Hen O.K., then 3 hours later pecked bloody

Discussion in 'Emergencies / Diseases / Injuries and Cures' started by bigoakhunter, Jul 7, 2010.

  1. bigoakhunter

    bigoakhunter Songster

    Jul 29, 2009
    I have some 13 week old hens and some 10 week old hens that have been together for 4-5 weeks now with little problems. Today, one of the 10 week olds that is towards the bottom of pecking order was fine when I left the house at 3p.m. Returned home at 6 p.m. went out to check feed and waterers. Saw that this bird was bleeding bad on back. Had a strip about 2 inches wide by 4-5 inches long that had no feathers and was bloody.

    I know birds, like humans are stressed by this heat and humidity we have had last 4-5 days. BUT How does a bird look fine and then 3 hours later be bloodied and weak? She was not a specific target before. Had no pecking issues or feather loss. I isolated her and applied some antiseptic.

    Would heat cause a flock to do this? They have 2 waterers that I check 3 times per day. Feed and a roofed run on part that provides shade.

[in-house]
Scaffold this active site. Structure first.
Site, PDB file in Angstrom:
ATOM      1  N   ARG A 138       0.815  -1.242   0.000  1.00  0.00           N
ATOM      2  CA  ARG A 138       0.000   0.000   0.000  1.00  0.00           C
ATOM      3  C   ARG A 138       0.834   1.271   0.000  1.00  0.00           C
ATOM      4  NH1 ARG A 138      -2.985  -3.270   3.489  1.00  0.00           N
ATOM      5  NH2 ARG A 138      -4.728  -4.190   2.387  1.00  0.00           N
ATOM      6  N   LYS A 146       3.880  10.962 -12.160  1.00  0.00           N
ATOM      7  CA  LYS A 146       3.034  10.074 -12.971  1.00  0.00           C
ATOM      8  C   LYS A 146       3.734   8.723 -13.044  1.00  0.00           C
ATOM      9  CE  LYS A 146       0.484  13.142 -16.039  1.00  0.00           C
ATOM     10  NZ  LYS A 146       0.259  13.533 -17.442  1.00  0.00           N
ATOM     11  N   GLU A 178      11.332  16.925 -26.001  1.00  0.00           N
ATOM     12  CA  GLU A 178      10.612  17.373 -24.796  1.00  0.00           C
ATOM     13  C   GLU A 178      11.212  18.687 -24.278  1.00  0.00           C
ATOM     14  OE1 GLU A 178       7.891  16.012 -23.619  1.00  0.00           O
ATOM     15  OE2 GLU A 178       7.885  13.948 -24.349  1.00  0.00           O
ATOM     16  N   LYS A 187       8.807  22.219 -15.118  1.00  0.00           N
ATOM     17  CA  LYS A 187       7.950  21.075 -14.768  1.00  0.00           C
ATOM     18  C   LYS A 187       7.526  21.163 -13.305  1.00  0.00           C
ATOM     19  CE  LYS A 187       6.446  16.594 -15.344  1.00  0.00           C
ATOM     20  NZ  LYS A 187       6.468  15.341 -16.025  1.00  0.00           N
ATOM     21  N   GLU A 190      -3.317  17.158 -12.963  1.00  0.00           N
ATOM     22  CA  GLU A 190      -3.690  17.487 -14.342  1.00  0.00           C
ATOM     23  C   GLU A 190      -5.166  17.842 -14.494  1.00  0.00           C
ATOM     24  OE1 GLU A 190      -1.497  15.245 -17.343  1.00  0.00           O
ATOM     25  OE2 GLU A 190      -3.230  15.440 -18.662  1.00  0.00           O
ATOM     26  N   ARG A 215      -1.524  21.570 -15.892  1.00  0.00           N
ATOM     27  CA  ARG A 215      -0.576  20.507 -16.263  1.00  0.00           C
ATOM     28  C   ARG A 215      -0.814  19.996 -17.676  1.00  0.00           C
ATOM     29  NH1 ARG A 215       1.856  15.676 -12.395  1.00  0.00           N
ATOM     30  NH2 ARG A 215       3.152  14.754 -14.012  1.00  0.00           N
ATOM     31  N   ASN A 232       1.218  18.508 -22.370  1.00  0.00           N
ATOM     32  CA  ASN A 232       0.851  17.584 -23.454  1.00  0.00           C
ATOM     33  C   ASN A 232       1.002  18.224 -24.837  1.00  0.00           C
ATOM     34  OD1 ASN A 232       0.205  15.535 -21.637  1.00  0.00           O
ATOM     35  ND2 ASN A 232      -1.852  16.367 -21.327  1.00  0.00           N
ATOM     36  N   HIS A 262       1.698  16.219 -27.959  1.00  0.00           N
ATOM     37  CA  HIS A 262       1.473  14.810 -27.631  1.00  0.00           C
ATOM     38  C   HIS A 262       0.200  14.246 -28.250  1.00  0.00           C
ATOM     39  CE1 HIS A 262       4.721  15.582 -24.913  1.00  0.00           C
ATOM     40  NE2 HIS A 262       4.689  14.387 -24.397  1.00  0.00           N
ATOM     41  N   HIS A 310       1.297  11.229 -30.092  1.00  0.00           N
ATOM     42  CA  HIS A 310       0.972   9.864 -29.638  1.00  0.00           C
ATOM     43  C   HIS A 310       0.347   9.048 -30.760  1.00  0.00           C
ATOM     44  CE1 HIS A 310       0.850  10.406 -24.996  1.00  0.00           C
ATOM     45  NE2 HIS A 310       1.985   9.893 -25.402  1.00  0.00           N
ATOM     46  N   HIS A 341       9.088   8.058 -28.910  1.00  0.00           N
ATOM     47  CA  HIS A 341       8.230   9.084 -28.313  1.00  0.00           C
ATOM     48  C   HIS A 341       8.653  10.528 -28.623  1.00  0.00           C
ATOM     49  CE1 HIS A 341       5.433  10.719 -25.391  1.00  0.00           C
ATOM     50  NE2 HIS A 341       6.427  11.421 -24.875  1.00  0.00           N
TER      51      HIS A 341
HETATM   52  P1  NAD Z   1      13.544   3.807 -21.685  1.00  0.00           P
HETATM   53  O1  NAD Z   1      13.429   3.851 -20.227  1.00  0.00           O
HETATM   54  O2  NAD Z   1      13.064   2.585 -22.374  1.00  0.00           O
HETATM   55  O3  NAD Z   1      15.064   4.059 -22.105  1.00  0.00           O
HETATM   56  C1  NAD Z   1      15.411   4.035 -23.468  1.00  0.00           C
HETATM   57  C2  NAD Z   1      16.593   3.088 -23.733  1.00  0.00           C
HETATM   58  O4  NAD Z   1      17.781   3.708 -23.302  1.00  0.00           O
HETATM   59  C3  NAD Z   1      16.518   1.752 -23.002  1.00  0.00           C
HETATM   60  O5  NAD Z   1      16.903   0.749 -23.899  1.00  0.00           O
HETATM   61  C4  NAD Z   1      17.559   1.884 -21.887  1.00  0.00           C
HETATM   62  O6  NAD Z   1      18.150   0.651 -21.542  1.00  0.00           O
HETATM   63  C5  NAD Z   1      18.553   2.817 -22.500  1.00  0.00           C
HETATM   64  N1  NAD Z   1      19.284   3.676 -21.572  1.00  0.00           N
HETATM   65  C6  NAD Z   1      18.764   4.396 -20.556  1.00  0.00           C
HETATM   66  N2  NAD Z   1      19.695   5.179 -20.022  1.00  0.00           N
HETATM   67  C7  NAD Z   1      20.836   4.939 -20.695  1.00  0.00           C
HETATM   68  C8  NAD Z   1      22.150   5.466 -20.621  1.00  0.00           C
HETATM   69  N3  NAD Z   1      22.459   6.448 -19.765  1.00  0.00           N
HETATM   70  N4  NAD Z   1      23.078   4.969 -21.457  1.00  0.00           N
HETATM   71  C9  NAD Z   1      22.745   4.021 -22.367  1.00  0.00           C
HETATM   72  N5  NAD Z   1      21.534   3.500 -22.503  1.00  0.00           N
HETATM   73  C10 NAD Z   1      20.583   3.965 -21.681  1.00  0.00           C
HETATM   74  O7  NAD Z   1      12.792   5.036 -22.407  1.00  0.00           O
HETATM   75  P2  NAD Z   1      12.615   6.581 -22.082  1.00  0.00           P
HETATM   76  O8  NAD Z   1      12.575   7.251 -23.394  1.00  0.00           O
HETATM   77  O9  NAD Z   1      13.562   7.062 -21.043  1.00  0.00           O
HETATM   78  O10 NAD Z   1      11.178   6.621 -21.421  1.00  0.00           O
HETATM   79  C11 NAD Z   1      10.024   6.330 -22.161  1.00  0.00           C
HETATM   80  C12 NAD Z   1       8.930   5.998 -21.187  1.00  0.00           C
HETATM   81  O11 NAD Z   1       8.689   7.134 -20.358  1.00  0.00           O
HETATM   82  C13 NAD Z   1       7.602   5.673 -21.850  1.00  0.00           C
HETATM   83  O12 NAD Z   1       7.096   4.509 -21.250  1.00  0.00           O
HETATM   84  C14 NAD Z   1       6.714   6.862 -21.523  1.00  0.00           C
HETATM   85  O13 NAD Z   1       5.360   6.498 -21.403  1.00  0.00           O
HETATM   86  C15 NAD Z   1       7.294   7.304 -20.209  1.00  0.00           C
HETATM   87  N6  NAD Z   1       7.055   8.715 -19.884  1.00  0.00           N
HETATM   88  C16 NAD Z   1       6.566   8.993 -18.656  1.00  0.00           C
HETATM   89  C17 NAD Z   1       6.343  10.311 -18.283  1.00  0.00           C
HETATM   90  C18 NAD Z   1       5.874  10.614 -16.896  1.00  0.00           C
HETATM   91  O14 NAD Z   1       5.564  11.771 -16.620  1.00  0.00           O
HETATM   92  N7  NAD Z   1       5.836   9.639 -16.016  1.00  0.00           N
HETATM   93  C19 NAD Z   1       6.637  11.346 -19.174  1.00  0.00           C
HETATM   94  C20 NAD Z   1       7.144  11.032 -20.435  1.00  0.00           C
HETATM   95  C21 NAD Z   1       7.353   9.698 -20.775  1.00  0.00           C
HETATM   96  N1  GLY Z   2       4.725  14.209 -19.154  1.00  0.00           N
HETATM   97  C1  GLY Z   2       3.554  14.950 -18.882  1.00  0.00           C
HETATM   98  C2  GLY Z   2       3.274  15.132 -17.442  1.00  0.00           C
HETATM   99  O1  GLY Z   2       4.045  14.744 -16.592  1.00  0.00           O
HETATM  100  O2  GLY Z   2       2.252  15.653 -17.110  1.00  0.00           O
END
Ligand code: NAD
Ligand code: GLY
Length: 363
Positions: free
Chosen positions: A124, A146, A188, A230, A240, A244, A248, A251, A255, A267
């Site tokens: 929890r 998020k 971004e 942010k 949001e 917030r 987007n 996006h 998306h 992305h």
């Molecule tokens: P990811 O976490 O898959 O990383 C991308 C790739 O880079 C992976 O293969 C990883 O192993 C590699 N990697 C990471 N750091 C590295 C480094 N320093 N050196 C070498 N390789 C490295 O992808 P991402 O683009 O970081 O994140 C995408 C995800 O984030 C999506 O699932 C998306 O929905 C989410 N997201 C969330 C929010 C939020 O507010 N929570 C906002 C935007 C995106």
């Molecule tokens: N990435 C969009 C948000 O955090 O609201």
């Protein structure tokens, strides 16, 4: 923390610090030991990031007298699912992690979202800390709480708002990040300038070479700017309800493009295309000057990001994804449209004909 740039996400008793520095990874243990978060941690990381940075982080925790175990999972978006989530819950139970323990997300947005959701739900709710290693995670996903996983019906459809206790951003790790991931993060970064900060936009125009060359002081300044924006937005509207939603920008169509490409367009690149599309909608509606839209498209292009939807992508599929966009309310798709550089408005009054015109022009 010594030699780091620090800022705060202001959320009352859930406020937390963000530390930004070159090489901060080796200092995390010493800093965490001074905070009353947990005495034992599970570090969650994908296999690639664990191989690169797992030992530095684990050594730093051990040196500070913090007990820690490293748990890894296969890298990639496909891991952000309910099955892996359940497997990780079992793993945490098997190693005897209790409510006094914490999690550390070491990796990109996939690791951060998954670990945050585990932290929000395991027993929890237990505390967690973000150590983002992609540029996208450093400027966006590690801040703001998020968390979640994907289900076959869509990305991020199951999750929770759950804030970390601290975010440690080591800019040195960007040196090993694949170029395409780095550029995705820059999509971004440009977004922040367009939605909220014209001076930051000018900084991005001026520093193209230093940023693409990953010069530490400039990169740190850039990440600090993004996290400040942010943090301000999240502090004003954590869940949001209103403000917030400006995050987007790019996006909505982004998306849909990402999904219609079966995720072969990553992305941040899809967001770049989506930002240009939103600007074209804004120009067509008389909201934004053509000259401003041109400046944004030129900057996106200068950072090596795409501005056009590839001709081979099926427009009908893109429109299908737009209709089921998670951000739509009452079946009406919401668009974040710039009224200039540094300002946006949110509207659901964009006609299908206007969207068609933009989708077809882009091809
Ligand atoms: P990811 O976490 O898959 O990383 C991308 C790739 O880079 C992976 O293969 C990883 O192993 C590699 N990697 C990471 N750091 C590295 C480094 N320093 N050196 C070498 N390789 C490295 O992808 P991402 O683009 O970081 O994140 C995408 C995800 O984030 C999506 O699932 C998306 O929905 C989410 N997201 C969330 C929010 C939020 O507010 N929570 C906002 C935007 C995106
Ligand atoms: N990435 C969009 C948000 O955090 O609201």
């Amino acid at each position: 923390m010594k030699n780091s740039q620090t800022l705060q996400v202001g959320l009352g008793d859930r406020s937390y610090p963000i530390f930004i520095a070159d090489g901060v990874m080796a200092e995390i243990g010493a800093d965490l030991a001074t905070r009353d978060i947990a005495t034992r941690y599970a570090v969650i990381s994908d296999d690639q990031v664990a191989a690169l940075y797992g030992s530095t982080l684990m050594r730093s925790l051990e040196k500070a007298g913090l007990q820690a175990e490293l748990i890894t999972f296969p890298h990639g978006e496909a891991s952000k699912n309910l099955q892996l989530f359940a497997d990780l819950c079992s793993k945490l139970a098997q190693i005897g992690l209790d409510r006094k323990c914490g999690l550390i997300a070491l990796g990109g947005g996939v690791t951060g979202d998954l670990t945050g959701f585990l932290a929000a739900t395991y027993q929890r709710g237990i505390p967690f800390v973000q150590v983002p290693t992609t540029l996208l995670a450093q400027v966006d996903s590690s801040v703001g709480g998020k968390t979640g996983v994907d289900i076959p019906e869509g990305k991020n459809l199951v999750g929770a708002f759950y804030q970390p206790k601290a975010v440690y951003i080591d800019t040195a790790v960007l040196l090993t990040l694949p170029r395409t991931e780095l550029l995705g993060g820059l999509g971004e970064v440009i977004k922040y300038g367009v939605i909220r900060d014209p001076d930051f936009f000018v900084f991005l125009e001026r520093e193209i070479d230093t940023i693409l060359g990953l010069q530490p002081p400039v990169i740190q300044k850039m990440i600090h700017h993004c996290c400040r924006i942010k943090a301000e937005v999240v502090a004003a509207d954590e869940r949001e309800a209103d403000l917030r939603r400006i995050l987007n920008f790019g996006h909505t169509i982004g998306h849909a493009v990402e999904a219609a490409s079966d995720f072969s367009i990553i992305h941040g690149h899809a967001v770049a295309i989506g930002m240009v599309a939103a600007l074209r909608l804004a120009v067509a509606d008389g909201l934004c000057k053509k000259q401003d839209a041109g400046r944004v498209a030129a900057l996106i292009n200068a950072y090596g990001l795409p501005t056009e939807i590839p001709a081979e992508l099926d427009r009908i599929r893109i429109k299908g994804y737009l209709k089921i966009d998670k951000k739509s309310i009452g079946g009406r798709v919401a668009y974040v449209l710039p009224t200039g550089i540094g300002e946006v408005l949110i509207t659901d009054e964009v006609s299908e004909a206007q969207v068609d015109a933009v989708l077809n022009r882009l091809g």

2. JLS

    JLS Love my feathered babies!

    May 29, 2009
    My Coop
    It is very possible that stress has triggered the aggression. You've done the right thing by removing her from the rest.

    I had my flock for about 7 months before I had an issue with pecking. And yes, it happens fast! Within a matter of a couple hours I had a hen pecked so bad that she had looked like she was eaten. She was. Thankfully she made it. It happened to one more before I could pin point who "Ms. Hannable Lecter" was. She found a new home where she has been no problem at all.

    Make sure you have at least 4 sq ft per bird for the coop and 10 sq ft per bird for the outside run. I had a light on to increase their egg production, which it did, but they had 24/7 to get on each other's nerves.

    The temp has been 95+ for the past 3 days with 70% humidity. I've been using 2 fans, blocking out the direct sun in the coop, openening doors & window (away from the sun), using a misting hose in the run, and putting frozen bottles of water in the coop to keep my girls as comfortable as possible.

    Sounds like you are doing a good job caring for them. Hang in there!

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